Pennsylvania House Passes Bill to Modernize Charter School Law, Enhancing Transparency and Accountability

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PENNSYLVANIA — In a bipartisan vote, the Pennsylvania House passed legislation Friday aimed at modernizing the state’s charter school law, with a specific focus on cyber charter schools. The bill, introduced by Rep. Joe Ciresi, seeks to promote transparency, accountability, and fiscal responsibility. Through this comprehensive reform, cyber charter schools will be held to the same standards as traditional public schools, ensuring taxpayer dollars are spent on education and not on unnecessary expenses. This legislation aims to benefit all students and taxpayers by addressing funding overpayments and increasing oversight.

“The vast majority of the commonwealth’s elected school boards have told legislators PA’s charter school law is in desperate need of reform,” Ciresi said. “Today we passed a comprehensive reform bill that holds cyber charter schools to the same standards we expect of anyone who receives public funds, including transparency, ethical standards and greater oversight of spending. By ending $455 million in overpayments and making sure that taxpayer dollars are being properly spent on their intended purpose – educating students – this reform bill will help all our students and taxpayers.”

In 2015, the General Assembly passed a law to create an education funding formula based on actual student enrollment and cost factors to address an outdated, flawed and inequitable system of funding school districts. However, the bill did not address cyber charter schools, which continue to receive the same funding as brick-and-mortar charter schools despite having materially lower costs, leading Ciresi to sponsor H.B. 1422 to address this issue.

Ciresi’s legislation would set a single statewide tuition rate for non-special education students at cyber schools that is better aligned to the actual cost of cyber education and applies the existing three-tier special education funding formula currently used for school districts, which sets funding based on the student’s special education needs, to cyber charter schools.

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The bill also would:

  • Require transparency in cyber charter advertising expenses and prohibits the use of taxpayer money for sponsorships of parades and professional sporting events.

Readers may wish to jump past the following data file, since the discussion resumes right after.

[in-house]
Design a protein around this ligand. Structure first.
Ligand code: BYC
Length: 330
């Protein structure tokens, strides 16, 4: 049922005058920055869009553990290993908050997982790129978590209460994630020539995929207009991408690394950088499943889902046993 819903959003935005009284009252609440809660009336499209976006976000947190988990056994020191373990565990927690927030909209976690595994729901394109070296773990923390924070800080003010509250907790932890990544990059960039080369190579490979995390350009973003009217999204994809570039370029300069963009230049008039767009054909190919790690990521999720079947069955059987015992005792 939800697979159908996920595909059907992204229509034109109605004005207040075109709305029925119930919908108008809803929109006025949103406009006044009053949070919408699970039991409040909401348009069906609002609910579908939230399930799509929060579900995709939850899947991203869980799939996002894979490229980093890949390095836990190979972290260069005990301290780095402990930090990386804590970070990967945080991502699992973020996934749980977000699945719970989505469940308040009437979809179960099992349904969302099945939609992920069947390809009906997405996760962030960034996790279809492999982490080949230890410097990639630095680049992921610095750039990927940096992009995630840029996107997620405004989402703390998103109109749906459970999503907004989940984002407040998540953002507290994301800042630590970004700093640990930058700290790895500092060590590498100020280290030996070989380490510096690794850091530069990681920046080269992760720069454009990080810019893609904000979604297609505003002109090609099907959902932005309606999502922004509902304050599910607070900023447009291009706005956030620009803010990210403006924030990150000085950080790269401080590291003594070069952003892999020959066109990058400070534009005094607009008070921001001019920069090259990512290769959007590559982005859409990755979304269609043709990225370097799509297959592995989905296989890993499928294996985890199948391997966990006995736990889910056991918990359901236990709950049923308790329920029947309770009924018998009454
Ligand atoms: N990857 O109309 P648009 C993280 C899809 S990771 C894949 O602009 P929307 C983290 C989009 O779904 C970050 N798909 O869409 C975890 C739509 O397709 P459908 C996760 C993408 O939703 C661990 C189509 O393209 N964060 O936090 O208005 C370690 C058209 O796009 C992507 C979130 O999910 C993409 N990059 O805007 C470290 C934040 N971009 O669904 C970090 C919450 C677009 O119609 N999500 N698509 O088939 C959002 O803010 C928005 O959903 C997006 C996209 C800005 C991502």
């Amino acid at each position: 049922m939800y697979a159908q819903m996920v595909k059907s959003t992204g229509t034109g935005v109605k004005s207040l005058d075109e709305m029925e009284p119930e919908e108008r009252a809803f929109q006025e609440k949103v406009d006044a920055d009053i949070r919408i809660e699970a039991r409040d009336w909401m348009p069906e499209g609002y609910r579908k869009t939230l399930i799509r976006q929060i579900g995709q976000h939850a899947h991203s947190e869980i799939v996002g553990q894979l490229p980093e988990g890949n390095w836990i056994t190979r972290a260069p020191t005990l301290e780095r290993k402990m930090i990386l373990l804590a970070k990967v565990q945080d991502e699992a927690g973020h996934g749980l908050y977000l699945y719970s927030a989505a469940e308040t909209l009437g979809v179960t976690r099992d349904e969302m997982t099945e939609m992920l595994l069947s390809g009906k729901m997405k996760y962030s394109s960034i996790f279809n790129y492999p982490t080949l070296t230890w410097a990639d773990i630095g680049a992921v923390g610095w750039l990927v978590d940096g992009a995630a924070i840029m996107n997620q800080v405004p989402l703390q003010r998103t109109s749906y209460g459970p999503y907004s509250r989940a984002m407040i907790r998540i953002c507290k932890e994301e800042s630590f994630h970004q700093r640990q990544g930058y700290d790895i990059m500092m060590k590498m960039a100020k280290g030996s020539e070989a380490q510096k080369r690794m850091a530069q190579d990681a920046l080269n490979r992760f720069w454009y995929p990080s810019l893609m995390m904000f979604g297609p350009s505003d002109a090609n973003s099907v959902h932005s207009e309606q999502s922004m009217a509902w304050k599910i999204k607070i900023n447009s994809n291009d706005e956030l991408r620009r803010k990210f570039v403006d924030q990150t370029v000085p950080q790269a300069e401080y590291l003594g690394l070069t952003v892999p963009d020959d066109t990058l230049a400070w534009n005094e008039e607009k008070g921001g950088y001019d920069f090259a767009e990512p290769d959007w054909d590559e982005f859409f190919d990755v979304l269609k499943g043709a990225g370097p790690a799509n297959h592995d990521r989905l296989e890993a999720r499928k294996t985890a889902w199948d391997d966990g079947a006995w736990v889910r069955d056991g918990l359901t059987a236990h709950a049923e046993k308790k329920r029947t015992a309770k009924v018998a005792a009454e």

• Cap cyber charter school unassigned fund balances, which increased from $22 million in 2018-19 to $250 million in 2021-22.
  • Require wellness checks for students to ensure their well-being and to verify cyber school participation.
  • Set requirements for cyber charter schools and their management companies to have their records be open to the public, hold open meetings, and perform annual audits.
  • Prohibit taxpayer funding from being used to pay for field trips and gifts and incentives to enroll or consider enrolling in a cyber charter school.
  • Require cyber charter schools to demonstrate they are spending the additional money they are receiving for students with the highest special education needs on providing those special education services.
  • Allow cyber charter schools to use school district facilities for standardized testing and requires school districts to provide transportation for cyber special education students.

“My goal with this bill was to preserve school choice, but while ensuring cyber charter schools are held to the same rules and regulations as traditional public schools,” Ciresi said. “These reforms will make sure taxpayer dollars are being spent on educating students or returned to the taxpayers – and not spent on sponsoring professional sports teams, giving away Target gift cards, or growing fund balances. By making sure cyber charter schools operate openly and with proper oversight, we will help our students – regardless of what type of school they go to – and our taxpayers.”

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The bill now goes on to the Senate for consideration.

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